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In 1968, Stober and et al., reported an advanced method of synthesizing spherical and monodisperse silicon dioxide nanoparticles, from the aqueous solution of silicon alkoxide in the presence of aqueous ammonia as a catalyst, from 50 nm to 1 μm of different sizes of silicon dioxide nanoparticles with a narrow particle size distribution. The size of the particles depends on the type of silicon alkoxide and alcohol. The particles prepared in the methanol solution are the smallest, and the particle size increases as the chain length of the alcohol increases. When the long chain alcohol is used as the solvent, the particle size distribution is also widened. After that, a lot of research has been done in this area. In this study, two types of reactions are mainly concerned: (i) polycondensation reactions formed by hydrolysis of silicon hydroxyl groups and (ii) siloxane bridges:

Hydroxylation: Si- (OR) 4 + H2O → Si- (OH) 4 + 4R-OH, 

Condensation: 2Si- (OH) 4 → 2 (Si-O-Si) + 4H2O.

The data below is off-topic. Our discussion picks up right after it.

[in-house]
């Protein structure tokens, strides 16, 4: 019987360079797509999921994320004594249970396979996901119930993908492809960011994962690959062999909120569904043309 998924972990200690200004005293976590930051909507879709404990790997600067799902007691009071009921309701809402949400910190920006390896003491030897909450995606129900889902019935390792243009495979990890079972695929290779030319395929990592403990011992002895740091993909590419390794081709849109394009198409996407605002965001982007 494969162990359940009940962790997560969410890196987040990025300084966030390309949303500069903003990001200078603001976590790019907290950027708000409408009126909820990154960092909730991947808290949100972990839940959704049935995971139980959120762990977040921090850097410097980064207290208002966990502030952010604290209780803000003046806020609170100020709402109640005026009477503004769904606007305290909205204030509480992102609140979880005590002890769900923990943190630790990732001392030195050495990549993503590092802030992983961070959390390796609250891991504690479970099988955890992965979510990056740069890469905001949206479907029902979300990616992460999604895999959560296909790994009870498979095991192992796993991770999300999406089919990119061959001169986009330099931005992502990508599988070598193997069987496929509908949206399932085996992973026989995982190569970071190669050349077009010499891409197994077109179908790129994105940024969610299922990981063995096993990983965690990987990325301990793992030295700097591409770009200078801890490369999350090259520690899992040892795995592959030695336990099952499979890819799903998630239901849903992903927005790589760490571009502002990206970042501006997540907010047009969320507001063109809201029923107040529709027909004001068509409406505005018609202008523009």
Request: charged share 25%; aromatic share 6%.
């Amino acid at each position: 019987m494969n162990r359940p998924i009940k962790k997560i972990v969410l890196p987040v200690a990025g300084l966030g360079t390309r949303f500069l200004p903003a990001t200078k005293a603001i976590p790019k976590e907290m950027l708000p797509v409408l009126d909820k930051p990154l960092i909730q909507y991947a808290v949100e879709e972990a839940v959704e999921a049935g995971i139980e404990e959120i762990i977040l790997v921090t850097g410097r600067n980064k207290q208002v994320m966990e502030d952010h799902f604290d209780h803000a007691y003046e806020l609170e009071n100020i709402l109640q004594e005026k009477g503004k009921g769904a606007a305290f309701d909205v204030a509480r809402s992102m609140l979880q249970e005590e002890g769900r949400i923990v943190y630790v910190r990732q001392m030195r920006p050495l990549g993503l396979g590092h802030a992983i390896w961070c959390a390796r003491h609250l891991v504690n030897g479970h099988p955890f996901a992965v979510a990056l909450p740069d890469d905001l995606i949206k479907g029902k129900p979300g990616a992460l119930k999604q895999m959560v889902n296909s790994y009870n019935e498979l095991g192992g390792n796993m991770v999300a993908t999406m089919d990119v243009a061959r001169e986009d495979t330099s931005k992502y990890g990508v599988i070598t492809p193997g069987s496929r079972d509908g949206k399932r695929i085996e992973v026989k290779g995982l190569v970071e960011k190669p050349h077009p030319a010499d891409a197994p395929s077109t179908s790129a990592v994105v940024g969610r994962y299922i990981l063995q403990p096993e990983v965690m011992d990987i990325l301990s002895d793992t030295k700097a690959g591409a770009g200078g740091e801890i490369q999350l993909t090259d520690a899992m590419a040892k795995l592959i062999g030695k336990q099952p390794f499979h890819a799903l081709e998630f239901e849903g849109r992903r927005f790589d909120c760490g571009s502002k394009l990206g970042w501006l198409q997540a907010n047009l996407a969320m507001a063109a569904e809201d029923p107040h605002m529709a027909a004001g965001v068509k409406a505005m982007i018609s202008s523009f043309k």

The rate of condensation depends on the reaction conditions, which may result in the formation of a three-dimensional network of the structure, or the formation of a single monodisperse particles. For the preparation of larger particles, Bogush et al. have described a seed growth technique. The seed suspension in this technique was prepared by precipitation using Stober. When the reaction was complete, TEOS and water were added to the seed suspension at a molar ratio of 1:2. The disadvantage of this technique is that if the amount of TEOS exceeds a certain critical value, the second particle population will appear. With this technique, more monodisperse particles can be prepared and their mass fraction in the sol is increased, but in this way it is not possible to increase monodisperse particles in excess of 1 micron in size. The effect of the electrolyte on the size of the silicon dioxide nanoparticles was illustrated by Bogush and Zukoski, and in their study they reported that when the concentration of the electrolyte (NaCl) increased from 0 to 10-4M, the particles the size increases from 340 to 710 nm. 

Huang and colleagues have reported that the ultrasonic treatment in the reaction process can significantly increase the yield of carbodiimide-mediated amidation. In view of this, in this study, we have determined the effect of each reagent on the particle size, in addition to the effect of temperature on the ultrasonic treatment. As far as we know, this is the first report on the preparation of silicon dioxide particles using the sequential addition process in the sol-gel process.

 

 

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